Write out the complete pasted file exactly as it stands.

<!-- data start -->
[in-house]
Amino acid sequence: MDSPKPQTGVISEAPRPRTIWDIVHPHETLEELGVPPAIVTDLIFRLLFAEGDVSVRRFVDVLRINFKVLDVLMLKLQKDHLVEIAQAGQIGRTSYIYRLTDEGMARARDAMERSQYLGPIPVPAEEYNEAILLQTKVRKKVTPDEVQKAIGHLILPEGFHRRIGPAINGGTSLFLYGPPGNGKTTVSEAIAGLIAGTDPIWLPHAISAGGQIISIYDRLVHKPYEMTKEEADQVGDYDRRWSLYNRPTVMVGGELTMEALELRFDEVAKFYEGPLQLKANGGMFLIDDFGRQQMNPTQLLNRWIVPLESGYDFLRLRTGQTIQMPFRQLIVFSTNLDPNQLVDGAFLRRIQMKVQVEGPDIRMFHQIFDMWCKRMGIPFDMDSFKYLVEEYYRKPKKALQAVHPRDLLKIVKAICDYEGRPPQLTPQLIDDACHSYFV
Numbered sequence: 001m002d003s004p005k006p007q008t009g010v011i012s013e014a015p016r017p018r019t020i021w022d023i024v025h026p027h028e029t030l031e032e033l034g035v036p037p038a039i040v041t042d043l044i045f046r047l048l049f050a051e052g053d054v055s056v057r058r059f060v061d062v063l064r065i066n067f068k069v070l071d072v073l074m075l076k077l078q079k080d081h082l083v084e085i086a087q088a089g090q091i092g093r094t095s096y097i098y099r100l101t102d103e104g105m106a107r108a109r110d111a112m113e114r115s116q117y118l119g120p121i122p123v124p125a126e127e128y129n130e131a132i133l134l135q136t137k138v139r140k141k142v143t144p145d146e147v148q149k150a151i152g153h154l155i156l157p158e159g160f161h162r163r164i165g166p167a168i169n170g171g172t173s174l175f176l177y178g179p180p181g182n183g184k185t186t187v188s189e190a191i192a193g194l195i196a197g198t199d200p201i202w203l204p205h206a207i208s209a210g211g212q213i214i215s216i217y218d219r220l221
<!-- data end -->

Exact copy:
[in-house]
Amino acid sequence: MDSPKPQTGVISEAPRPRTIWDIVHPHETLEELGVPPAIVTDLIFRLLFAEGDVSVRRFVDVLRINFKVLDVLMLKLQKDHLVEIAQAGQIGRTSYIYRLTDEGMARARDAMERSQYLGPIPVPAEEYNEAILLQTKVRKKVTPDEVQKAIGHLILPEGFHRRIGPAINGGTSLFLYGPPGNGKTTVSEAIAGLIAGTDPIWLPHAISAGGQIISIYDRLVHKPYEMTKEEADQVGDYDRRWSLYNRPTVMVGGELTMEALELRFDEVAKFYEGPLQLKANGGMFLIDDFGRQQMNPTQLLNRWIVPLESGYDFLRLRTGQTIQMPFRQLIVFSTNLDPNQLVDGAFLRRIQMKVQVEGPDIRMFHQIFDMWCKRMGIPFDMDSFKYLVEEYYRKPKKALQAVHPRDLLKIVKAICDYEGRPPQLTPQLIDDACHSYFV
Numbered sequence: 001m002d003s004p005k006p007q008t009g010v011i012s013e014a015p016r017p018r019t020i021w022d023i024v025h026p027h028e029t030l031e032e033l034g035v036p037p038a039i040v041t042d043l044i045f046r047l048l049f050a051e052g053d054v055s056v057r058r059f060v061d062v063l064r065i066n067f068k069v070l071d072v073l074m075l076k077l078q079k080d081h082l083v084e085i086a087q088a089g090q091i092g093r094t095s096y097i098y099r100l101t102d103e104g105m106a107r108a109r110d111a112m113e114r115s116q117y118l119g120p121i122p123v124p125a126e127e128y129n130e131a132i133l134l135q136t137k138v139r140k141k142v143t144p145d146e147v148q149k150a151i152g153h154l155i156l157p158e159g160f161h162r163r164i165g166p167a168i169n170g171g172t173s174l175f176l177y178g179p180p181g182n183g184k185t186t187v188s189e190a191i192a193g194l195i196a197g198t199d200p201i202w203l204p205h206a207i208s209a210g211g212q213i214i215s216i217y218d219r220l221